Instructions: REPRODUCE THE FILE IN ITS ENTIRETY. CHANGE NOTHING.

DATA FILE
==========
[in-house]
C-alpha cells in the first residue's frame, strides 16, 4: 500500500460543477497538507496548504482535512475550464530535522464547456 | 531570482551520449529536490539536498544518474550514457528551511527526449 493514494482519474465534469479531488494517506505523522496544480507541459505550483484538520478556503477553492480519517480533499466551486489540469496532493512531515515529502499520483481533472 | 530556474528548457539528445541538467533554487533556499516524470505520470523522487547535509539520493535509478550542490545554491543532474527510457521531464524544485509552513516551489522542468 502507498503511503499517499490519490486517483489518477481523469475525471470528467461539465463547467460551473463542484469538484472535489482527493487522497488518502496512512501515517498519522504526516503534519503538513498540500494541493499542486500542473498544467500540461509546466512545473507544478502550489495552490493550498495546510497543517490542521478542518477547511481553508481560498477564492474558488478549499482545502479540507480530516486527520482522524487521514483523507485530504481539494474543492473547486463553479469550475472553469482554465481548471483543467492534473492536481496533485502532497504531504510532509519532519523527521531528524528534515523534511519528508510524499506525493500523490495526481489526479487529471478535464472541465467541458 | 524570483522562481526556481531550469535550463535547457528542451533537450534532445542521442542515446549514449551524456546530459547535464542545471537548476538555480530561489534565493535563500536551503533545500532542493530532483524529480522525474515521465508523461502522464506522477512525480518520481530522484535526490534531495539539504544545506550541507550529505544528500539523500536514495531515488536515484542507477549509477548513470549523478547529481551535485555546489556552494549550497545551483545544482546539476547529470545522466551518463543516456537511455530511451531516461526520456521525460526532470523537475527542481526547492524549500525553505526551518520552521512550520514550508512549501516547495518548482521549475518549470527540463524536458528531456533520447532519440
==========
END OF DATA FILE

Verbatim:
[in-house]
C-alpha cells in the first residue's frame, strides 16, 4: 500500500460543477497538507496548504482535512475550464530535522464547456 | 531570482551520449529536490539536498544518474550514457528551511527526449 493514494482519474465534469479531488494517506505523522496544480507541459505550483484538520478556503477553492480519517480533499466551486489540469496532493512531515515529502499520483481533472 | 530556474528548457539528445541538467533554487533556499516524470505520470523522487547535509539520493535509478550542490545554491543532474527510457521531464524544485509552513516551489522542468 502507498503511503499517499490519490486517483489518477481523469475525471470528467461539465463547467460551473463542484469538484472535489482527493487522497488518502496512512501515517498519522504526516503534519503538513498540500494541493499542486500542473498544467500540461509546466512545473507544478502550489495552490493550498495546510497543517490542521478542518477547511481553508481560498477564492474558488478549499482545502479540507480530516486527520482522524487521514483523507485530504481539494474543492473547486463553479469550475472553469482554465481548471483543467492534473492536481496533485502532497504531504510532509519532519523527521531528524528534515523534511519528508510524499506525493500523490495526481489526479487529471478535464472541465467541458 | 524570483522562481526556481531550469535550463535547457528542451533537450534532445542521442542515446549514449551524456546530459547535464542545471537548476538555480530561489534565493535563500536551503533545500532542493530532483524529480522525474515521465508523461502522464506522477512525480518520481530522484535526490534531495539539504544545506550541507550529505544528500539523500536514495531515488536515484542507477549509477548513470549523478547529481551535485555546489556552494549550497545551483545544482546539476547529470545522466551518463543516456537511455530511451531516461526520456521525460526532470523537475527542481526547492524549500525553505526551518520552521512550520514550508512549501516547495518548482521549475518549470527540463524536458528531456533520447532519440